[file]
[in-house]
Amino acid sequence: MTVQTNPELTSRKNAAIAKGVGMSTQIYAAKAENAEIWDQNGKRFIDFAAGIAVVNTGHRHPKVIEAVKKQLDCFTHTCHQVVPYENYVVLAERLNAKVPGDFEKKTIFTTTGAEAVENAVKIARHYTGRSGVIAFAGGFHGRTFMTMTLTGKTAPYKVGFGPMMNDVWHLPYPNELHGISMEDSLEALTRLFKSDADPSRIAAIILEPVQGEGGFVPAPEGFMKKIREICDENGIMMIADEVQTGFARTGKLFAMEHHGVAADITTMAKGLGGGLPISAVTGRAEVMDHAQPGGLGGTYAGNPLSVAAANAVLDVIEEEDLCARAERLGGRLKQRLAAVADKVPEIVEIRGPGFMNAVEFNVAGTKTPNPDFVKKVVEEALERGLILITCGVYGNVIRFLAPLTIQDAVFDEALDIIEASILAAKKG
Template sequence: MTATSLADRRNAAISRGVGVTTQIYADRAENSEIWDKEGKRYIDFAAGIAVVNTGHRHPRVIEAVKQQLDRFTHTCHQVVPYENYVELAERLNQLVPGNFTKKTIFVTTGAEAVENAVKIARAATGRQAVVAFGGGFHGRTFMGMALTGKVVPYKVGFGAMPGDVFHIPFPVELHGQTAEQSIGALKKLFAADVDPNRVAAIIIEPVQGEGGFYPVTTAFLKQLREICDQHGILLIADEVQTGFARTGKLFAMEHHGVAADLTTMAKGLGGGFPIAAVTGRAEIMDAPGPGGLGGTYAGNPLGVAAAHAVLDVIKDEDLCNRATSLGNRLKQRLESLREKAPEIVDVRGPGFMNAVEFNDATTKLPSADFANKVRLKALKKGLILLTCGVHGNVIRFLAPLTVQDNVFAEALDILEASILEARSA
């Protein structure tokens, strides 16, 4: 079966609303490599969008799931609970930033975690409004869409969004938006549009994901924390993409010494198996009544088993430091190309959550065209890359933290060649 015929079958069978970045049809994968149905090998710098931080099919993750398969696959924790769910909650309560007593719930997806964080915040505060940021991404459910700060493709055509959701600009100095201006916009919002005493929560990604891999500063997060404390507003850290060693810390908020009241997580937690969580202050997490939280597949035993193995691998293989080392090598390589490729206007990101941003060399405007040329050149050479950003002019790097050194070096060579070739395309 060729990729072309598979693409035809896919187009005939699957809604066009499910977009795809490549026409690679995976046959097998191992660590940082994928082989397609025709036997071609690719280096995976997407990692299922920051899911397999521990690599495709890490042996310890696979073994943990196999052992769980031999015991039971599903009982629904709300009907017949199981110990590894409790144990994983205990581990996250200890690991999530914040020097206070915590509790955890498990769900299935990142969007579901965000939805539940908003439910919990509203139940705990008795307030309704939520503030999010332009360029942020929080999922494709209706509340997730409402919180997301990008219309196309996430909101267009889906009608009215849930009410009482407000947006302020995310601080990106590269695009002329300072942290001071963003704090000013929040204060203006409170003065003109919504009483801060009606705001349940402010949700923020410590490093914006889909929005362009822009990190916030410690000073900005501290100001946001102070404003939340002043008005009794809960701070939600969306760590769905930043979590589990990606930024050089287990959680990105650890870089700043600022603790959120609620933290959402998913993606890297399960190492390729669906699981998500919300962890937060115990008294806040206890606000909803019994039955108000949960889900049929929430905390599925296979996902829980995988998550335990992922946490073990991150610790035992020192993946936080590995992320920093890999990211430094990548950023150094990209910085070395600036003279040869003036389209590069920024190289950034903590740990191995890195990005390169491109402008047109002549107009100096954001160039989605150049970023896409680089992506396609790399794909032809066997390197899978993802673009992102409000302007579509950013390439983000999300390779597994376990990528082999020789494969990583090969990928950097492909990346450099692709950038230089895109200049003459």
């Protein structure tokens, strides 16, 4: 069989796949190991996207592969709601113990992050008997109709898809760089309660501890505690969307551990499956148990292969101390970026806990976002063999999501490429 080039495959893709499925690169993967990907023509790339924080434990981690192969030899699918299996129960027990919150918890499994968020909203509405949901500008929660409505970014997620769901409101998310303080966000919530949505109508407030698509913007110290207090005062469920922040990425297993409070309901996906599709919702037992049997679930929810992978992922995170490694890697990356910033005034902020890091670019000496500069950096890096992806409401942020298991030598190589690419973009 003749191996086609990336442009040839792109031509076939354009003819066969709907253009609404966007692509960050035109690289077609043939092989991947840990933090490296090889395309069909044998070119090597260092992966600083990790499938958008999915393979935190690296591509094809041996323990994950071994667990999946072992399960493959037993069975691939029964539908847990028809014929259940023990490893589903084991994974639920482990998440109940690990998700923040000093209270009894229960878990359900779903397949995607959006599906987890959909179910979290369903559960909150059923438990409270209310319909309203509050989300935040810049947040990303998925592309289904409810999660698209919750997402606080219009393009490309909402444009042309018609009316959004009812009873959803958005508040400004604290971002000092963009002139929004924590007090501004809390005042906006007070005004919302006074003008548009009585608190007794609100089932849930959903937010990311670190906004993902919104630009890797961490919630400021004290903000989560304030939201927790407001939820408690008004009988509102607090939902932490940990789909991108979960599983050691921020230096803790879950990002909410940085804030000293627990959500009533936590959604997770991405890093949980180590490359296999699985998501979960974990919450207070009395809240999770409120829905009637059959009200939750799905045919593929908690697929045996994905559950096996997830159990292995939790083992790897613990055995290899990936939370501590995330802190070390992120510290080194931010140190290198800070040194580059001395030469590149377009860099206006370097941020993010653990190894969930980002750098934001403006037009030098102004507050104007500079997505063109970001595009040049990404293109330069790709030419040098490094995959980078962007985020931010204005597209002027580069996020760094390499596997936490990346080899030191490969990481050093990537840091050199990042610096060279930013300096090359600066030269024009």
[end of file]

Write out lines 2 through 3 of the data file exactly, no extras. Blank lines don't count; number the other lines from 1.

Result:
Amino acid sequence: MTVQTNPELTSRKNAAIAKGVGMSTQIYAAKAENAEIWDQNGKRFIDFAAGIAVVNTGHRHPKVIEAVKKQLDCFTHTCHQVVPYENYVVLAERLNAKVPGDFEKKTIFTTTGAEAVENAVKIARHYTGRSGVIAFAGGFHGRTFMTMTLTGKTAPYKVGFGPMMNDVWHLPYPNELHGISMEDSLEALTRLFKSDADPSRIAAIILEPVQGEGGFVPAPEGFMKKIREICDENGIMMIADEVQTGFARTGKLFAMEHHGVAADITTMAKGLGGGLPISAVTGRAEVMDHAQPGGLGGTYAGNPLSVAAANAVLDVIEEEDLCARAERLGGRLKQRLAAVADKVPEIVEIRGPGFMNAVEFNVAGTKTPNPDFVKKVVEEALERGLILITCGVYGNVIRFLAPLTIQDAVFDEALDIIEASILAAKKG
Template sequence: MTATSLADRRNAAISRGVGVTTQIYADRAENSEIWDKEGKRYIDFAAGIAVVNTGHRHPRVIEAVKQQLDRFTHTCHQVVPYENYVELAERLNQLVPGNFTKKTIFVTTGAEAVENAVKIARAATGRQAVVAFGGGFHGRTFMGMALTGKVVPYKVGFGAMPGDVFHIPFPVELHGQTAEQSIGALKKLFAADVDPNRVAAIIIEPVQGEGGFYPVTTAFLKQLREICDQHGILLIADEVQTGFARTGKLFAMEHHGVAADLTTMAKGLGGGFPIAAVTGRAEIMDAPGPGGLGGTYAGNPLGVAAAHAVLDVIKDEDLCNRATSLGNRLKQRLESLREKAPEIVDVRGPGFMNAVEFNDATTKLPSADFANKVRLKALKKGLILLTCGVHGNVIRFLAPLTVQDNVFAEALDILEASILEARSA